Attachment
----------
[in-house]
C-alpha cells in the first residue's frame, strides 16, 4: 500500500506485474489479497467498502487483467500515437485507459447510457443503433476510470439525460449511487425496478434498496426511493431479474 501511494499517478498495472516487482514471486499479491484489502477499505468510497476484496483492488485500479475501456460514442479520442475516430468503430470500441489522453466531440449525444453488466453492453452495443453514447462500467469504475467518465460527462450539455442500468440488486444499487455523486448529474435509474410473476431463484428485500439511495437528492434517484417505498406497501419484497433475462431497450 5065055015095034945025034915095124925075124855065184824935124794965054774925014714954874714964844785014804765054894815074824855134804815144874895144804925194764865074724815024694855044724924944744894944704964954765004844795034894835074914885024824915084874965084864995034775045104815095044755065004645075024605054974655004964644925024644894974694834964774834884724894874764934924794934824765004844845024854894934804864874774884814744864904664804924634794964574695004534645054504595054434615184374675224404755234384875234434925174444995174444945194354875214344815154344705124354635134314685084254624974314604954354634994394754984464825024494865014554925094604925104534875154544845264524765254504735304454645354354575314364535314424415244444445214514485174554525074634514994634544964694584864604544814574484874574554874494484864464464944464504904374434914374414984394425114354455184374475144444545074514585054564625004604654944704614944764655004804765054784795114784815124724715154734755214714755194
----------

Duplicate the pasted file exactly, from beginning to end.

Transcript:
[in-house]
C-alpha cells in the first residue's frame, strides 16, 4: 500500500506485474489479497467498502487483467500515437485507459447510457443503433476510470439525460449511487425496478434498496426511493431479474 501511494499517478498495472516487482514471486499479491484489502477499505468510497476484496483492488485500479475501456460514442479520442475516430468503430470500441489522453466531440449525444453488466453492453452495443453514447462500467469504475467518465460527462450539455442500468440488486444499487455523486448529474435509474410473476431463484428485500439511495437528492434517484417505498406497501419484497433475462431497450 5065055015095034945025034915095124925075124855065184824935124794965054774925014714954874714964844785014804765054894815074824855134804815144874895144804925194764865074724815024694855044724924944744894944704964954765004844795034894835074914885024824915084874965084864995034775045104815095044755065004645075024605054974655004964644925024644894974694834964774834884724894874764934924794934824765004844845024854894934804864874774884814744864904664804924634794964574695004534645054504595054434615184374675224404755234384875234434925174444995174444945194354875214344815154344705124354635134314685084254624974314604954354634994394754984464825024494865014554925094604925104534875154544845264524765254504735304454645354354575314364535314424415244444445214514485174554525074634514994634544964694584864604544814574484874574554874494484864464464944464504904374434914374414984394425114354455184374475144444545074514585054564625004604654944704614944764655004804765054784795114784815124724715154734755214714755194